This itinerary is designed to provide a spread of different things to do on your way around Brussels, including two or three that the guide books won’t always tell you about. It is arranged in as logical a sequence as possible. It’s an end-to-end trip but you may find yourself hard pushed to do it all in a day. Just do bits of it, or base yourself in the middle and work it out from there. There’s a balanced selection of indoor and outdoor things to do as well. The weather can be entirely unpredictable and you’re probably going to need options.
The public transport system (or on foot) really is the best way to travel around Brussels, plus you get to see more, as a rule. The Brussels bus company (STIB/MIVB) will sell you a ticket valid for the entire bus network, local trains, trams and metro (subway) for a very low price. 18€ will cover all your travel for 3 days straight – and that includes getting you back to the airport! A little forward planning and a good guide will save you money. No visit to Brussels would be complete without a visit to the Atomium, so let’s start there.
Jump on a number 7 tram (direction Heysel) and stay on to almost the very end (Stop Centenaire or Eeuwfeest). You’ll see it in front of you soon enough. Seriously – you can’t miss it, it’s huge. On the 7 tram again back towards the city, a really surprising diversion is the Belgian national rail museum, known by its English name – Train World. The Flemish neo-Renaissance architecture alone makes the former main line station of Schaerbeek worth a visit. If you are a real train fan, you might want to stay at the nearby Train Hostel. It’s like a sleeper train but without the inconvenience of being somewhere else in the morning.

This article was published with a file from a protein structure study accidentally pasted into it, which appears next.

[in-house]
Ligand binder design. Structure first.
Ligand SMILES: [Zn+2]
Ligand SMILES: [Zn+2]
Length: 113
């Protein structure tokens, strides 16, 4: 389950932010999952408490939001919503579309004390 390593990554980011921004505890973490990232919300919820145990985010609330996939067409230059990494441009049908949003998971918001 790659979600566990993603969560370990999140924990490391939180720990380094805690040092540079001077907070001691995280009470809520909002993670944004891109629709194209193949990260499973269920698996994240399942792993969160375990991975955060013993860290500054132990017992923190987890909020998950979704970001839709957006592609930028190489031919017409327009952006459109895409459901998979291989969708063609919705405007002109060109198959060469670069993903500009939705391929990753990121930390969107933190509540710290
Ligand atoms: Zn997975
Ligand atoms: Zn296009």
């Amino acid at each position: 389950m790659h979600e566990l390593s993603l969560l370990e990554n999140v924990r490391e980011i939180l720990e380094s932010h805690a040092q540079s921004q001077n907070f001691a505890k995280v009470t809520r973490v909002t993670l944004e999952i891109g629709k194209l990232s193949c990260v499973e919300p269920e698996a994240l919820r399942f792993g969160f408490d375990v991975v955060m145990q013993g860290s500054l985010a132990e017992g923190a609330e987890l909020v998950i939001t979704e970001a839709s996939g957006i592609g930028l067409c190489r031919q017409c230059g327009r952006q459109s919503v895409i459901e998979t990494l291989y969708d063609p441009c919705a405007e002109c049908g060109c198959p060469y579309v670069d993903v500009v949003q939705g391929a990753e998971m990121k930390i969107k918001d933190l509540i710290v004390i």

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Find the same tram and get off at the stop Diamant, follow the motorway for 5 minutes and turn left into the Avenue de Février. Tucked around the corner from the roundabout is the Enclos des Fusillés. Once the grounds on which the German armies of WWI/WWII executed resistance members by firing squad, it’s now an eerily quiet oasis of calm and a garden of remembrance. English nurse and resistance member Edith Cavell was among those killed here.
‘Quirky’ is a word often associated with Brussels and the next stop is definitely that. Follow the motorway back the way you came and cross the road. A left turn onto Avenue Brand Whitlock brings you almost immediately to the Clockarium. If Art Deco ceramic clocks are your thing, congratulations! You’ve hit the jackpot. For Deco lovers, it’s a real find as they have over a thousand on display.
The last trip on the tram will take you to Metro station Montgomery, named after the famous British Field Marshall. From here, you could switch to a Metro or just walk the ten minutes it will take to get to the Parc du Cinquantenaire. The park containing the well-known arch, inaugurated to celebrate 75 years of Belgian independence, also has many other interesting features and of course provides ample space for picnics, sunbathing and sport.
As you enter the Cinquantenaire from Montgomery, on your right is the Royal Museum of the Armed Forces and Military History. It began life as a collection put together for the 1910 World Exhibition in Brussels but has continued to grow ever since. Given Belgium’s involvement in conflicts from Waterloo to the two World Wars, there’s plenty to see. The small entry fee also gives you access to the top of the arch itself. The views are excellent from there.